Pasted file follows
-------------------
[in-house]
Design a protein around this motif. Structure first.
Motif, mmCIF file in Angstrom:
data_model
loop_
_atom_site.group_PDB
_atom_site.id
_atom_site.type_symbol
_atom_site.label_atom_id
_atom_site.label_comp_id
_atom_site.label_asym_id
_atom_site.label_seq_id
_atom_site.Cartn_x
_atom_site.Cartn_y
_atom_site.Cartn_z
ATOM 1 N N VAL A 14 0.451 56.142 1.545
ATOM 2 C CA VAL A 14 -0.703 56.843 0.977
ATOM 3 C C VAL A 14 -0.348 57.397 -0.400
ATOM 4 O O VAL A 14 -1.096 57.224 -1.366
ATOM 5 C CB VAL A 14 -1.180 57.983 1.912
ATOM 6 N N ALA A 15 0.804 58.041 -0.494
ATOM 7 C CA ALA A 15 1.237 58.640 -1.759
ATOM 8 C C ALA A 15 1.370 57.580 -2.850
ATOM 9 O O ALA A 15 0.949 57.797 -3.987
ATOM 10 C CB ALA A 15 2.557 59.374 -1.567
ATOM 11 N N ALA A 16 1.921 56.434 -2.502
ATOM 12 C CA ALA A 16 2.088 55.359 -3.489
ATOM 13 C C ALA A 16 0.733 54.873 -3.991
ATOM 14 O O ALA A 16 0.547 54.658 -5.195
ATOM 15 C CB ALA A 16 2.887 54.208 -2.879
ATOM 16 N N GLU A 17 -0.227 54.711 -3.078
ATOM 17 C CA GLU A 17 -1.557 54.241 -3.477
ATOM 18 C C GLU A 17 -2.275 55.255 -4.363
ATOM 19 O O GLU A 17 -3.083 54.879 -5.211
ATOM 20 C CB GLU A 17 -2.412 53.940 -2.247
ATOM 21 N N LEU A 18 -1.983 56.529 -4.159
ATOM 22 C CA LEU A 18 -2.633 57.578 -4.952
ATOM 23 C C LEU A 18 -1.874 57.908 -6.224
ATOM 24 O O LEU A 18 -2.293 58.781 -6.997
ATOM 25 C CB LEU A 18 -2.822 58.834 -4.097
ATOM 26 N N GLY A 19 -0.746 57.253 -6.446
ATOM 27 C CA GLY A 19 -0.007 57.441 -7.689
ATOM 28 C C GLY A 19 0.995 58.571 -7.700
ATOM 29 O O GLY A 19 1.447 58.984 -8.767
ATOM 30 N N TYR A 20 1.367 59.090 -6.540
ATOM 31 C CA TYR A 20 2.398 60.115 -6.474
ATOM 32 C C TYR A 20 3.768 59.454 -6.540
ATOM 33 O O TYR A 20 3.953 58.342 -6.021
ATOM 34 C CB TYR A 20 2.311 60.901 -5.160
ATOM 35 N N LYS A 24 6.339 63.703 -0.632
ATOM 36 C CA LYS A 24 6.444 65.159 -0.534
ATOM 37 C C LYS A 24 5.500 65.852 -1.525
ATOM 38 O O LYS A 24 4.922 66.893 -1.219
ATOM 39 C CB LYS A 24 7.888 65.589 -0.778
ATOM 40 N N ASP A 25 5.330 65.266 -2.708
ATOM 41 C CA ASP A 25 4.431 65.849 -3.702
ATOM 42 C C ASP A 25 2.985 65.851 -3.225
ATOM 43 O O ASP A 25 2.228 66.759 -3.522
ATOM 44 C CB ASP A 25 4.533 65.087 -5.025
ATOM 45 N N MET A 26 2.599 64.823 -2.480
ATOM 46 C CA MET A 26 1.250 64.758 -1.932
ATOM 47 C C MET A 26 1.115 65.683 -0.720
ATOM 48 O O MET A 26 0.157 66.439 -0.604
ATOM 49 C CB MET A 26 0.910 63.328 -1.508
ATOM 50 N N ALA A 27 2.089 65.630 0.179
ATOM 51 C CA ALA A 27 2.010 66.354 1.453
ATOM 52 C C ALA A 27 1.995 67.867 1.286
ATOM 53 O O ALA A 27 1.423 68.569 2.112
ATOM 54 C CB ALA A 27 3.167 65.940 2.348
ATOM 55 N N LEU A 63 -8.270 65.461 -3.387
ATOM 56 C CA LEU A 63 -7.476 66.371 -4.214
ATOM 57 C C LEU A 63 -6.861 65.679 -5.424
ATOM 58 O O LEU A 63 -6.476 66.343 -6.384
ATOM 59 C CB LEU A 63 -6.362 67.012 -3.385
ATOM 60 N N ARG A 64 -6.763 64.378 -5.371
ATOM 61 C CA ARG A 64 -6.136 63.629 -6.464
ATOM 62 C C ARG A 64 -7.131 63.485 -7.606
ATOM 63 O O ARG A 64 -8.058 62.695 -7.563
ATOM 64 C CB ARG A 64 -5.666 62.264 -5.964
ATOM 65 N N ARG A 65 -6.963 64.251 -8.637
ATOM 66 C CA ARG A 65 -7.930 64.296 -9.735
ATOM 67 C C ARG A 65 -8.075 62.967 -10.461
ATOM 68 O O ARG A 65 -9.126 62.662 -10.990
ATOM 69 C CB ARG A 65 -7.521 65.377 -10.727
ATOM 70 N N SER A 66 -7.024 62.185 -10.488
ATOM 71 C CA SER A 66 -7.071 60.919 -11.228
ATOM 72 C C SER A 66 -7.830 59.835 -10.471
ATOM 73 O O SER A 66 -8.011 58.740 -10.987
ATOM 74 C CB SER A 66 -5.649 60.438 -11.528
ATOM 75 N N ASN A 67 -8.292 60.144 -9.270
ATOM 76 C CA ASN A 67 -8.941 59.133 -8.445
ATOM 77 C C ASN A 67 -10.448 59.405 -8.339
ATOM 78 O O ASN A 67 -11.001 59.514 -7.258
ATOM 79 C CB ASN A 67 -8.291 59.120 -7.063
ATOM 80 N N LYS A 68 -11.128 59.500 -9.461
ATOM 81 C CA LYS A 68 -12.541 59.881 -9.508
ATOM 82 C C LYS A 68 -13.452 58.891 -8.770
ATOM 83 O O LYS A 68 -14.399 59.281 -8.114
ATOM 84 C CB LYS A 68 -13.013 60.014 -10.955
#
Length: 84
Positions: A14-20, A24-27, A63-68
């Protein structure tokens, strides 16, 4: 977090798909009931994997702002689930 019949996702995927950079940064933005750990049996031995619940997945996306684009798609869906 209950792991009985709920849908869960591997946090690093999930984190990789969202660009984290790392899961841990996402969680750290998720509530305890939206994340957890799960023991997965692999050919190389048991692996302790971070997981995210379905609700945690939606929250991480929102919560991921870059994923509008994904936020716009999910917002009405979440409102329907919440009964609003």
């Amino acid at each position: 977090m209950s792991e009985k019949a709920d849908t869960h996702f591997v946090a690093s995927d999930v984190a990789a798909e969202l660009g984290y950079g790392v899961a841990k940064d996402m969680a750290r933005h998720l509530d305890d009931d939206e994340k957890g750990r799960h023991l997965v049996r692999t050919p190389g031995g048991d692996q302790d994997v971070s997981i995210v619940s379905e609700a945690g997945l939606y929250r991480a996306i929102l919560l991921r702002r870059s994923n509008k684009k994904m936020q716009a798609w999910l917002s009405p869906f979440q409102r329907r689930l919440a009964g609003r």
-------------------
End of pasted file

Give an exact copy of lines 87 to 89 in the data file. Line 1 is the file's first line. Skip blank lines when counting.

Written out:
ATOM 72 C C SER A 66 -7.830 59.835 -10.471
ATOM 73 O O SER A 66 -8.011 58.740 -10.987
ATOM 74 C CB SER A 66 -5.649 60.438 -11.528